15.05.2013 - 20.05.2013
We have been back in the USA for a few days now. Things are very different, and I now understand what reverse culture shock means. It's not so bad, though. Rather than comparing the two cultures and declaring aspects about them good or bad, it is more fun to just notice the differences.
Personal space has returned. During our last couple weeks in Cartagena, I found myself thinking that wherever we went, someone else decided they wanted to be there too. In that exact spot. There is a song title in there somewhere. Someone else being vendors, self-declared massage therapists, cab drivers, folks asking about the dogs, etc. Now, in Jacksonville Beach, nobody is trying to sell us sunglasses, ceviche, or cervezas. We feel somewhat ignored, but the peace and space are nice.
And the drivers! They are so neat and orderly here. Nobody honks. Everyone stops at stop signs and waits for pedestrians. It is almost as if they all are on Valium. Our well-honed Latino finger-waves will get rusty with no offenders on whom to practice.
I am still alarmed to hear the English language being spoken, and at times it sounds abrasive (rednecks). However, it is nice to ask someone for directions and understand everything they say. I still catch myself saying "buenos" to folks on our morning walks. Oops.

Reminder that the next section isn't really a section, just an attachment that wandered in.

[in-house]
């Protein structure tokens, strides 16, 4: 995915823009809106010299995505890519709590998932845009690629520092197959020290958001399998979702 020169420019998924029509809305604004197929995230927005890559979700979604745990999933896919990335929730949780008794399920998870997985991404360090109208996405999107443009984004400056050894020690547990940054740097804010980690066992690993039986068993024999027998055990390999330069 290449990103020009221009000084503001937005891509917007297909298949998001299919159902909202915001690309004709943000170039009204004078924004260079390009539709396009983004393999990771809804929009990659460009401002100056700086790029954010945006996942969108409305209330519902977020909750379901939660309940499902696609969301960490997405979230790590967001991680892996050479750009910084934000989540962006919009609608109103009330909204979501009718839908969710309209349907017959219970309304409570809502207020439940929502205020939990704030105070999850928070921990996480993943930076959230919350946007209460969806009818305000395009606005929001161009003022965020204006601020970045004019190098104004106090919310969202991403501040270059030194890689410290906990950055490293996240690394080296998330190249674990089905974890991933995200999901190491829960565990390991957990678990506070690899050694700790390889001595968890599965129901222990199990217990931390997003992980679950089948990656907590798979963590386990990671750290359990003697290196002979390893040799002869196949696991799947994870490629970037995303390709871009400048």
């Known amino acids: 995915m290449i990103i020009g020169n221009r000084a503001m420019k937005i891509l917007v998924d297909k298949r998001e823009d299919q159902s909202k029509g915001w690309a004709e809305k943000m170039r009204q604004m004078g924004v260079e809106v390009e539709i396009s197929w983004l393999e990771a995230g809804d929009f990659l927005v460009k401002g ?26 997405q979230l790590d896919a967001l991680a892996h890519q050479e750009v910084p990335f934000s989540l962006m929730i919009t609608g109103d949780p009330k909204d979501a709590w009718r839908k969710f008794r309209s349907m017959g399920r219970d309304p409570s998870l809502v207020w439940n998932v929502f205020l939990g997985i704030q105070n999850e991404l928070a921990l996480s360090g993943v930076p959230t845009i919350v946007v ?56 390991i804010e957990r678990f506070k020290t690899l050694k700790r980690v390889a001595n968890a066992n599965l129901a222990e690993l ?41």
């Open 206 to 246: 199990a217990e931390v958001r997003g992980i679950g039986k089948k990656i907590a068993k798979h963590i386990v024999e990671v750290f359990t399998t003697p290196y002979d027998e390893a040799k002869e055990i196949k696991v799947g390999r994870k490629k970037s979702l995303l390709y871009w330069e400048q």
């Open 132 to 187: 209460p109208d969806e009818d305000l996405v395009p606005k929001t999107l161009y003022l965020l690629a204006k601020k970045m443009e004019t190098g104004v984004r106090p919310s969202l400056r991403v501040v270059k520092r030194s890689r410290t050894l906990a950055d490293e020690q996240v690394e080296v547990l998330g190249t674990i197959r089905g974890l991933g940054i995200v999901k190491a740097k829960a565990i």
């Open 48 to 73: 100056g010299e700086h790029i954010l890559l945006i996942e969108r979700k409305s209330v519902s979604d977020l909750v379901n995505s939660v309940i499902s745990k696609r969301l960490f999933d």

I was stunned during our first trip to a US supermarket. So many choices. Are 15 different gradients and variants of olive oil really necessary? And potato salad at the grocery store deli: Southern style, home style, home style red . . . Seriously? Of course, this is the same person who bitched when she couldn't find plain yogurt (no sugar, fruit, aspartame, etc.), preferably Greek-style, at the grocery stores in Colombia.
We are staying in Jacksonville Beach for a couple weeks while we wait for our Jeep to arrive in Miami. Douglas owns a condo here, and it is conveniently empty for this time period. It gives us a chance to ease back into US living and to get the place ready for new tenants. Life here is remarkably easy after six months on the road. No more packing and unpacking, figuring out where we are going to stay each night, and ohhh . . . The washer and dryer! I am doing laundry with wild abandon. No more rinsing stuff out in the sink and squeezing one more workout out of that pair of socks.
All in all, this is becoming an easy transition.
I will keep you posted on our next adventure, probably in a new blog format.
Thanks for reading!